The Principles of Political Economy

Henry Sidgwick

Book 3

The Art of Political Economy

Chapter 2

The System of Natural Liberty Considered in Relation to Production

§4. On the other hand, private enterprise may sometimes be socially uneconomical because the undertaker is able to appropriate not less but more than the whole net gain of his enterprise to the community; for he may be able to appropriate the main part of the gain of a change causing both gain and loss, while the concomitant loss falls entirely upon others. Thus a company A having made an expensive permanent instrument---say a railway---to the advantage both of themselves and of their fellow-citizens, it may be the interest of another company B to make a new railway somewhat more convenient for the majority of travellers---and so likely to draw the lion's share of traffic from A---even if the increment of utility to the community is outweighed by the extra cost of the new railway; since B will get paid not merely for this increment of utility, but also for a large part of the utility that A before supplied.

A still more marked divergence between private interest and public interest is liable to occur in the case of Monopoly: since, as we have seen, a monopolist may increase his maximum net profit or make an equal profit more easily, by giving a smaller supply at a higher price of the commodity in which he deals, rather than a larger supply at a lower price, and so rendering less service to the community in return for his profit. At the same time, though a monopoly in private hands is thus liable to be economically disadvantageous from a social point of view, there is in certain cases a decided economic gain to be obtained by that organization of a whole department of production under a single management, which inevitably leads to monopoly; either because the qualities required in the product are such as unity of management is peculiarly qualified to provide---as in the case of the medium of exchange---or merely from the saving of labour and capital that it renders possible. And it may be observed that cases of this kind tend to increase in number and importance, as civilization progresses and the arts of industry become more elaborate. Thus the aggregation of human beings into large towns has rendered it economically important that the provision of water for the aggregate should be under one management; and the substitution of gas for candles and oil-lamps has had a similar economic effect on the provision of light.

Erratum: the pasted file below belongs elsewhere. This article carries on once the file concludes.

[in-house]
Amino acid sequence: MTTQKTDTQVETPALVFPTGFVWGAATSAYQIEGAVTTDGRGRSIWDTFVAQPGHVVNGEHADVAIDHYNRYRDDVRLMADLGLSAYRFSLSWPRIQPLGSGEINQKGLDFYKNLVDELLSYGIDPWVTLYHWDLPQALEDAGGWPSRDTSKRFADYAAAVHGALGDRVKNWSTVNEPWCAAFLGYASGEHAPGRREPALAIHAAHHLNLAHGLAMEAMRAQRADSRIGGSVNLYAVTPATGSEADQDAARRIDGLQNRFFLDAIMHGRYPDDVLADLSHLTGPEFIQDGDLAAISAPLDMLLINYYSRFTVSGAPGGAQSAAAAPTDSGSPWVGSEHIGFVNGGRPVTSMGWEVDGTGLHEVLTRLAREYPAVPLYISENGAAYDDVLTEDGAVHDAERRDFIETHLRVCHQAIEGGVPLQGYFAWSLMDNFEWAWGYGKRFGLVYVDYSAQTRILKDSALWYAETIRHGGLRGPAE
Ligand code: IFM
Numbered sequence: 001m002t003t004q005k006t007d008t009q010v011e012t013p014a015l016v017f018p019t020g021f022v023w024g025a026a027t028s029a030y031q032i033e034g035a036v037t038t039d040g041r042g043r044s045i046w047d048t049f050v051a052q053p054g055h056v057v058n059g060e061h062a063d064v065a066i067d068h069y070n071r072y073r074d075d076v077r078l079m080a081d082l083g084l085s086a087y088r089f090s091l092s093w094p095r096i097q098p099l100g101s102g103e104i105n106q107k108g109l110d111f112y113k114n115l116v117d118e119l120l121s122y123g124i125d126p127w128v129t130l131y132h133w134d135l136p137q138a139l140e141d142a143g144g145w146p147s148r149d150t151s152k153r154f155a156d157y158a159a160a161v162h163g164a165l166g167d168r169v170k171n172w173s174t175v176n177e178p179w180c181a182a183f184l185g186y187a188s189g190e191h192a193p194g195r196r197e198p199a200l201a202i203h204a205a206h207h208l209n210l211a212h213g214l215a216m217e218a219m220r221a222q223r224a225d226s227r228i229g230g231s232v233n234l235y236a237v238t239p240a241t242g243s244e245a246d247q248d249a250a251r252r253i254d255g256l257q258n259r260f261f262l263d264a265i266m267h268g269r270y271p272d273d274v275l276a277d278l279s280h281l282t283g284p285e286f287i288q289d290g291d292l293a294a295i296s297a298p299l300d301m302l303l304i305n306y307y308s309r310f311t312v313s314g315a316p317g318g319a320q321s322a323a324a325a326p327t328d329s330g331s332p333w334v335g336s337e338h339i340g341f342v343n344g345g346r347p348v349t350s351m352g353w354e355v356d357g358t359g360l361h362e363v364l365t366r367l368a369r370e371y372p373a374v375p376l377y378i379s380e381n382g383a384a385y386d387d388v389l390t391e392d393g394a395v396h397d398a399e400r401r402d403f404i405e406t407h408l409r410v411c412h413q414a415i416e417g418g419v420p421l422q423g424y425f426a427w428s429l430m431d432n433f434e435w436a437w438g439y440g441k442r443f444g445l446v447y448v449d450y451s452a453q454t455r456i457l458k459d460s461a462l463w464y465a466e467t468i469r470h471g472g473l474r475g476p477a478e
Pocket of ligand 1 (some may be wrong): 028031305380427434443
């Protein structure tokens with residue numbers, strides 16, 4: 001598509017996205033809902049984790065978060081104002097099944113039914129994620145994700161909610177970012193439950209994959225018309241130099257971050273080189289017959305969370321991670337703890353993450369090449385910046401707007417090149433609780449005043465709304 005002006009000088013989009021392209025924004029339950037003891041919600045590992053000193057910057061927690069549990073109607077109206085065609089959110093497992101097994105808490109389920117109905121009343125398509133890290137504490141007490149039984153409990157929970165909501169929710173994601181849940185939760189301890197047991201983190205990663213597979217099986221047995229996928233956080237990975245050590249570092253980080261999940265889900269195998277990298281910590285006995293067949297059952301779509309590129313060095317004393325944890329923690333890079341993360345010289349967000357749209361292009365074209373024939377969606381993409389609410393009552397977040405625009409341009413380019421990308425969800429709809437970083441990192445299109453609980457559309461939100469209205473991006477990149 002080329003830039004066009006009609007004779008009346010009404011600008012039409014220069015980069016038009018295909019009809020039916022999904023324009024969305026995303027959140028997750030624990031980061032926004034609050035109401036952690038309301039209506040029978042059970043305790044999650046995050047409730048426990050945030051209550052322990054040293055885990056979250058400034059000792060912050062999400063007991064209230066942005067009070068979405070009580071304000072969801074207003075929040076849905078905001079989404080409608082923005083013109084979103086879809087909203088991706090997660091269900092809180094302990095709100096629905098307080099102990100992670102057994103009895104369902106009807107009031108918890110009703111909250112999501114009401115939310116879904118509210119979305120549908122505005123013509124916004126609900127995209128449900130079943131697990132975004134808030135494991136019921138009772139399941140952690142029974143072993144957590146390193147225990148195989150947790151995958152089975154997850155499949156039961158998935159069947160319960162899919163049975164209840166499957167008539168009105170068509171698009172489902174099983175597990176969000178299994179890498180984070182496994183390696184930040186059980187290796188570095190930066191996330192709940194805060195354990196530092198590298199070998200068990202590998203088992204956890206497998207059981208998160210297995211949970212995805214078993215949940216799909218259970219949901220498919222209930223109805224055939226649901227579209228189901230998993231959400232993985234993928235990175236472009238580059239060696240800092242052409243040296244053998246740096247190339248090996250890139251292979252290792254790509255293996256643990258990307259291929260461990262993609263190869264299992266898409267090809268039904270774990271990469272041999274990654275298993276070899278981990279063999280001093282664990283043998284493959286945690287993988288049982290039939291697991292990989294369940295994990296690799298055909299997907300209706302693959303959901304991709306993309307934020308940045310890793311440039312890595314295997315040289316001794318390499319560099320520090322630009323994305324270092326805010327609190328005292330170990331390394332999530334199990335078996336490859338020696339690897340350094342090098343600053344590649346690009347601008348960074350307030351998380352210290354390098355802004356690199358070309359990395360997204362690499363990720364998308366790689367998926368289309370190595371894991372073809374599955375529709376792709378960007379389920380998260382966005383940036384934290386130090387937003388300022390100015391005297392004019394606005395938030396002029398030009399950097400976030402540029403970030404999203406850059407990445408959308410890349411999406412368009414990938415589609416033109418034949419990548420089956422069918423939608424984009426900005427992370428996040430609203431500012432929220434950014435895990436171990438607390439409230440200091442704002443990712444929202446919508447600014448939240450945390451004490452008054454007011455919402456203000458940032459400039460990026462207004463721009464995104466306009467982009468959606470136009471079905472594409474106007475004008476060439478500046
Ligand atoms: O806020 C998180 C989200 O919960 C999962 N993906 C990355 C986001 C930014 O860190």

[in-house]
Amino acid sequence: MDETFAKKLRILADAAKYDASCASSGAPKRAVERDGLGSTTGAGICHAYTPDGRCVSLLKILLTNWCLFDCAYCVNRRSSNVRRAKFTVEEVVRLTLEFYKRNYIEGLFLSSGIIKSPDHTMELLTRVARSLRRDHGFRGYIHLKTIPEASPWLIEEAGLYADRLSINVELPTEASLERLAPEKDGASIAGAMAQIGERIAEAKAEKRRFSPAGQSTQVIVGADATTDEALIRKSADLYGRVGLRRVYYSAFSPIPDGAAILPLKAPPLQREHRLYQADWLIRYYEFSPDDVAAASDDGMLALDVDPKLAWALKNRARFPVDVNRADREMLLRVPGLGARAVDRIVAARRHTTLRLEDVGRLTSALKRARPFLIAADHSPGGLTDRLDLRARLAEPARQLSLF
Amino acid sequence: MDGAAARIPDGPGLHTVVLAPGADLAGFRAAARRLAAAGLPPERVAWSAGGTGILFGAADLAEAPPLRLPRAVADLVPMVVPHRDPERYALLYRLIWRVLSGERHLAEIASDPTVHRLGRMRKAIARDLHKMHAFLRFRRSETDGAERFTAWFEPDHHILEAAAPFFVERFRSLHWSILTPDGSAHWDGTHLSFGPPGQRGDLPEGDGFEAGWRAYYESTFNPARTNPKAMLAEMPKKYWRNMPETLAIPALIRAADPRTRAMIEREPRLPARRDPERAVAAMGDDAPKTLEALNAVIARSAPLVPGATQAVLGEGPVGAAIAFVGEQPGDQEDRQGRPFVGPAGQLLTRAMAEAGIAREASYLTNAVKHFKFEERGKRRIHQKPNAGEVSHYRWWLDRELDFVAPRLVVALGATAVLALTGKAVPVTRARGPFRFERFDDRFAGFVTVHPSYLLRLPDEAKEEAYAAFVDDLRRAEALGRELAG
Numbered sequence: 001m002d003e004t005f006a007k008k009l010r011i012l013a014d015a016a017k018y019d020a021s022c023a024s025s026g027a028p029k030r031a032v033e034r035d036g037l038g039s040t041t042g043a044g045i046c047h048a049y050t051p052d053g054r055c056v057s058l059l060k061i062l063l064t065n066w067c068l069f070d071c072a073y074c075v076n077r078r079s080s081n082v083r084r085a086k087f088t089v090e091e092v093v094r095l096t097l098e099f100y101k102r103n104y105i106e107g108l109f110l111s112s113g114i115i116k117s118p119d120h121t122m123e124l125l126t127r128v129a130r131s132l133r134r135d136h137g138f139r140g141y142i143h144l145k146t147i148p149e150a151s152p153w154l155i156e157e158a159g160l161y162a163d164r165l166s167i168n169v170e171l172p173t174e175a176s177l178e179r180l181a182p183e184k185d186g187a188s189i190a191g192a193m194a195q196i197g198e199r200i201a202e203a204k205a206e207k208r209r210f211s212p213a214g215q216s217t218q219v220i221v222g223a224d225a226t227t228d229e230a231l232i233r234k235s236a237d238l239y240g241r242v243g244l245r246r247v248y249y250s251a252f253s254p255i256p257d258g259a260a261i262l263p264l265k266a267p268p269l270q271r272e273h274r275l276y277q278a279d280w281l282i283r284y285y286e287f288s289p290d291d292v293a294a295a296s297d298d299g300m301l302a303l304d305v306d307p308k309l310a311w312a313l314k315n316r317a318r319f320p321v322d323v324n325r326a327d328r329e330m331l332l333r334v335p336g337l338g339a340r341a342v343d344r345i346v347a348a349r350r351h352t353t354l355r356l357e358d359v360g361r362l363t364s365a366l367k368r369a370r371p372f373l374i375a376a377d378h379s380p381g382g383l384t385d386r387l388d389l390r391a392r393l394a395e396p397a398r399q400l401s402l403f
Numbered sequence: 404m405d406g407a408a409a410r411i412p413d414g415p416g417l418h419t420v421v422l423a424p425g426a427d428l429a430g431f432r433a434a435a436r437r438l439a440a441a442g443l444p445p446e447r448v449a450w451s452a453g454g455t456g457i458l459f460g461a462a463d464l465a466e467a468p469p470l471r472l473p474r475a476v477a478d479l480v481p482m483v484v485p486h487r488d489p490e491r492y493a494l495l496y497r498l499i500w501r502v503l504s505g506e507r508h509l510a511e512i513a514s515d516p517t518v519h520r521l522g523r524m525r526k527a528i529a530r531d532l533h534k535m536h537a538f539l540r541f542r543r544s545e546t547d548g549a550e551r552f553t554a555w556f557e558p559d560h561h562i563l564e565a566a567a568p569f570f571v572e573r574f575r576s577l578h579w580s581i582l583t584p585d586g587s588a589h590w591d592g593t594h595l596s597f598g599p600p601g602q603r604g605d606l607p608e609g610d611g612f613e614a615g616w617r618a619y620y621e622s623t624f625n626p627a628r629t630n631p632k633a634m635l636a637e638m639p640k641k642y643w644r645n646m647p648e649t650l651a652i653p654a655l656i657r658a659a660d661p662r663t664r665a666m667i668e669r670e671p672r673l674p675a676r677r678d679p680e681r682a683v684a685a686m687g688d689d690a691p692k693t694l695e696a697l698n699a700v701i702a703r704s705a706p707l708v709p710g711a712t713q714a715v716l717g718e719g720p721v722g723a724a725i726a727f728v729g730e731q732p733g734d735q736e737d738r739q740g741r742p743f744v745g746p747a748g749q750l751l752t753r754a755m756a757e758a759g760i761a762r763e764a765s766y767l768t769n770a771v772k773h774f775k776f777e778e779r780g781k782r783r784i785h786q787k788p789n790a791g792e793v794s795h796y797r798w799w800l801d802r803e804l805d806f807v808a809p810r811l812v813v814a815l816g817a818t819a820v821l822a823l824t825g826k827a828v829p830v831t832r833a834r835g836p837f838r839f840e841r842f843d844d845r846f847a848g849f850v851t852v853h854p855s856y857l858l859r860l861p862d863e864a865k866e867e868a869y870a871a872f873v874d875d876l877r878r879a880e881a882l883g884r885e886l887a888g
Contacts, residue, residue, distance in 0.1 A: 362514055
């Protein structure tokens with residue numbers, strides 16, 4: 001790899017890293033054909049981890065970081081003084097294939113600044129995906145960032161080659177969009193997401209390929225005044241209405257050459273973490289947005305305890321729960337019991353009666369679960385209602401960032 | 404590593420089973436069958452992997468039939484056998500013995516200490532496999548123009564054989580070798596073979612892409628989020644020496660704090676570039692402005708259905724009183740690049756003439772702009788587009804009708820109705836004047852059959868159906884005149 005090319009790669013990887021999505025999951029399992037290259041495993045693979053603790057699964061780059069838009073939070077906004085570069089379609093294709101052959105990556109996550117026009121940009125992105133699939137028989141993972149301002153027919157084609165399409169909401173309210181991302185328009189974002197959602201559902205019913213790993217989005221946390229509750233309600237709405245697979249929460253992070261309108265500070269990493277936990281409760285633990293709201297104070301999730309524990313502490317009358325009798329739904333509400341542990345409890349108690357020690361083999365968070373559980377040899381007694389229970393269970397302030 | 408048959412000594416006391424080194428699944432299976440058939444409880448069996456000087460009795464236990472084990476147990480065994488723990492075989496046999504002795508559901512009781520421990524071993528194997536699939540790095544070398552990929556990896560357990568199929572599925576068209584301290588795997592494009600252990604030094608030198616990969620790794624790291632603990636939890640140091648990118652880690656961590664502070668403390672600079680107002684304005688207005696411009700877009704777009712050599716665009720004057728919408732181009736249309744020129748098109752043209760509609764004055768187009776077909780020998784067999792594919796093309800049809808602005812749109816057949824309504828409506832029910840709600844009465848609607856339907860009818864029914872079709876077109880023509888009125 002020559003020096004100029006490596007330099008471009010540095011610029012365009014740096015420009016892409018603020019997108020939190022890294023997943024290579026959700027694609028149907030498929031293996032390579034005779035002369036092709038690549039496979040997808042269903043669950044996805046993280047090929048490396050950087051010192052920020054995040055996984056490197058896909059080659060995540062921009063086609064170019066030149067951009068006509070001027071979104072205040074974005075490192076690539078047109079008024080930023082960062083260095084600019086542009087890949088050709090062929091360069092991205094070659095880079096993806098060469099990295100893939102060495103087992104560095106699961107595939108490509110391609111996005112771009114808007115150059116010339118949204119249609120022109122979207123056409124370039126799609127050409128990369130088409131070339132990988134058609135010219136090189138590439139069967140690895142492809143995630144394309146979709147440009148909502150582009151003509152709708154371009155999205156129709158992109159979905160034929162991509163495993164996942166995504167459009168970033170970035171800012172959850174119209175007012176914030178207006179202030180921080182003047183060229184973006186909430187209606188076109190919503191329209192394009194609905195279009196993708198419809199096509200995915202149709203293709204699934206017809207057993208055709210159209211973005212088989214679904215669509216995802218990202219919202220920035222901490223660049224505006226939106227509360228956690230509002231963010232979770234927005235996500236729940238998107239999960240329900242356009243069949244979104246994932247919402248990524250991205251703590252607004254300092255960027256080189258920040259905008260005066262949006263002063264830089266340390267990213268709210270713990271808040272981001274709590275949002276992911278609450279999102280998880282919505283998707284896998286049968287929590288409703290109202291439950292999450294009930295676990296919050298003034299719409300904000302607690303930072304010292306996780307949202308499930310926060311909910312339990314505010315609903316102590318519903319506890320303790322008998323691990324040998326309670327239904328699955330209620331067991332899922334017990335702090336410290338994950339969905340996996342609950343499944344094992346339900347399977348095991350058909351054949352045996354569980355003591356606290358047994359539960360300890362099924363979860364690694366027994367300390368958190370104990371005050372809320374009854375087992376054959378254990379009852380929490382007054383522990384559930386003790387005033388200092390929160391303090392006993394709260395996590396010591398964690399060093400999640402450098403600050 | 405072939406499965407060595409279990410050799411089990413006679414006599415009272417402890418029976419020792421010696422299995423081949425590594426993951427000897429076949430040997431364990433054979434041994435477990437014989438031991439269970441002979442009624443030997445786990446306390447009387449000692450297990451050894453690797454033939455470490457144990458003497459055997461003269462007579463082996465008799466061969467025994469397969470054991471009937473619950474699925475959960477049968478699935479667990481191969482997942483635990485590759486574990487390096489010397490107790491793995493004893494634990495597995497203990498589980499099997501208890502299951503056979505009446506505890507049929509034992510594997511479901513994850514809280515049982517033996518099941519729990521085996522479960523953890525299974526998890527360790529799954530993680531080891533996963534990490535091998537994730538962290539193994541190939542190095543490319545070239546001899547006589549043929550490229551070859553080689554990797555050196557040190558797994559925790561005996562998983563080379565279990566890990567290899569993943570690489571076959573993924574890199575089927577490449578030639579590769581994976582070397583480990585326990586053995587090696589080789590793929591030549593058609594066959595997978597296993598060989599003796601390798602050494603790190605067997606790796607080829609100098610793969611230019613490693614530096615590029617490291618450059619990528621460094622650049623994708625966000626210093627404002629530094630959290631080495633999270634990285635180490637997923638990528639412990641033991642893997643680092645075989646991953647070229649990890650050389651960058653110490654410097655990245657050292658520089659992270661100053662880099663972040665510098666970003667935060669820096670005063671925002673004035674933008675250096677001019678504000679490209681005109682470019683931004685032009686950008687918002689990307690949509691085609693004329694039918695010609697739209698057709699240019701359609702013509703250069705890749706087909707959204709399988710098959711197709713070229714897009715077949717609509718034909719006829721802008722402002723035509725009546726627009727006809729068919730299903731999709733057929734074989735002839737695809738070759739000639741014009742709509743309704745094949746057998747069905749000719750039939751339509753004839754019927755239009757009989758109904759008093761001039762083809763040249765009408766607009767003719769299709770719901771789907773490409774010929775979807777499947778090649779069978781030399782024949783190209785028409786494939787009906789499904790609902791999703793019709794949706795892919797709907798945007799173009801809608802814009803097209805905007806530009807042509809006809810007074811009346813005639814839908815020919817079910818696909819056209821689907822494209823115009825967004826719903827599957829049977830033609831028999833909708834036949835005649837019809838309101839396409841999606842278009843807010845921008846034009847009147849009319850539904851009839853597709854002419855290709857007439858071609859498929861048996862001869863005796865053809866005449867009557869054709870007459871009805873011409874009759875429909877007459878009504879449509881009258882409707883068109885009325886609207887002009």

The practical importance of the conflict of private and social interests just mentioned is much increased by the extent to which total or partial monopoly may be affected by Combination---especially when we consider that it may be the interest of the combining producers not only to limit the amount of the utilities that they produce, in order to raise their price, but also to resist any economies in production which may tend to decrease the demand for them. It should be observed that wherever payment is not by results, it may easily be the interest of any individual labourer in any particular job, to extend uneconomically the amount of labour required, or to give as little work as he can in the time (supposing that harder work would be more irksome). But it is only where some combination of labourers exists, or custom partially sustained by combination, that it can be any one's interest on the whole to do this; since if the price of his services were settled by open competition, a labourer so acting would lower the market value of his services. And it is to be observed that the same progress of civilization which tends to make competition more real and effective, when the circumstances of industry favour competition, also increase the facilities and tendencies to combination.

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